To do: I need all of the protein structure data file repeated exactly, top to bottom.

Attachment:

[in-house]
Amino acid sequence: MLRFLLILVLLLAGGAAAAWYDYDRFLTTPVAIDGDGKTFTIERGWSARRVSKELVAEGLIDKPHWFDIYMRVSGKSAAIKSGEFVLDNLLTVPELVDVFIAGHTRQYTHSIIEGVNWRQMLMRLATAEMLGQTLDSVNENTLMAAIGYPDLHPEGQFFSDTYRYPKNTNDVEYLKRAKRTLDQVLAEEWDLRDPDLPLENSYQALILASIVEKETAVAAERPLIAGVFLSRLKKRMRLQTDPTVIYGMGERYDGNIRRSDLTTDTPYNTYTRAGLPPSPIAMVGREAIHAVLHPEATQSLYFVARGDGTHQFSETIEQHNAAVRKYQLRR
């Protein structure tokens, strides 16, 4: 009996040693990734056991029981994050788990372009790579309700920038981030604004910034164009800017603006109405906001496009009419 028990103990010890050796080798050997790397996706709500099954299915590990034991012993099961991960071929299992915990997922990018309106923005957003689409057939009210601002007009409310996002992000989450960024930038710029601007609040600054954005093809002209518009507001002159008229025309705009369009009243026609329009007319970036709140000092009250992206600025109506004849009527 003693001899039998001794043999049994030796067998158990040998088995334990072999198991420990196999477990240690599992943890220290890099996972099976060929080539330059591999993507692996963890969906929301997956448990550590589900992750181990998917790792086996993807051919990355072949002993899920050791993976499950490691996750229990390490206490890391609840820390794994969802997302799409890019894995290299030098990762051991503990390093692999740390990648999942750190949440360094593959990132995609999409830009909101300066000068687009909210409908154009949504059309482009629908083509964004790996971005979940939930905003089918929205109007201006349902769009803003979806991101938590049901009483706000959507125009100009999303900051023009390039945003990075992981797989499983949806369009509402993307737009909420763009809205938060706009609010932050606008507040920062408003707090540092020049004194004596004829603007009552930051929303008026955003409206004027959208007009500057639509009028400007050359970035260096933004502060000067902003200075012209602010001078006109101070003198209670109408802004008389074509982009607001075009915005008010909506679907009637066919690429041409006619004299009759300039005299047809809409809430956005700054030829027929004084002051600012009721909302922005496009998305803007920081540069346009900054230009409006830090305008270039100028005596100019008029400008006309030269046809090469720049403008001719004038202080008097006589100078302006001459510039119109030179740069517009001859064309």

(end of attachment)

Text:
[in-house]
Amino acid sequence: MLRFLLILVLLLAGGAAAAWYDYDRFLTTPVAIDGDGKTFTIERGWSARRVSKELVAEGLIDKPHWFDIYMRVSGKSAAIKSGEFVLDNLLTVPELVDVFIAGHTRQYTHSIIEGVNWRQMLMRLATAEMLGQTLDSVNENTLMAAIGYPDLHPEGQFFSDTYRYPKNTNDVEYLKRAKRTLDQVLAEEWDLRDPDLPLENSYQALILASIVEKETAVAAERPLIAGVFLSRLKKRMRLQTDPTVIYGMGERYDGNIRRSDLTTDTPYNTYTRAGLPPSPIAMVGREAIHAVLHPEATQSLYFVARGDGTHQFSETIEQHNAAVRKYQLRR
């Protein structure tokens, strides 16, 4: 009996040693990734056991029981994050788990372009790579309700920038981030604004910034164009800017603006109405906001496009009419 028990103990010890050796080798050997790397996706709500099954299915590990034991012993099961991960071929299992915990997922990018309106923005957003689409057939009210601002007009409310996002992000989450960024930038710029601007609040600054954005093809002209518009507001002159008229025309705009369009009243026609329009007319970036709140000092009250992206600025109506004849009527 003693001899039998001794043999049994030796067998158990040998088995334990072999198991420990196999477990240690599992943890220290890099996972099976060929080539330059591999993507692996963890969906929301997956448990550590589900992750181990998917790792086996993807051919990355072949002993899920050791993976499950490691996750229990390490206490890391609840820390794994969802997302799409890019894995290299030098990762051991503990390093692999740390990648999942750190949440360094593959990132995609999409830009909101300066000068687009909210409908154009949504059309482009629908083509964004790996971005979940939930905003089918929205109007201006349902769009803003979806991101938590049901009483706000959507125009100009999303900051023009390039945003990075992981797989499983949806369009509402993307737009909420763009809205938060706009609010932050606008507040920062408003707090540092020049004194004596004829603007009552930051929303008026955003409206004027959208007009500057639509009028400007050359970035260096933004502060000067902003200075012209602010001078006109101070003198209670109408802004008389074509982009607001075009915005008010909506679907009637066919690429041409006619004299009759300039005299047809809409809430956005700054030829027929004084002051600012009721909302922005496009998305803007920081540069346009900054230009409006830090305008270039100028005596100019008029400008006309030269046809090469720049403008001719004038202080008097006589100078302006001459510039119109030179740069517009001859064309």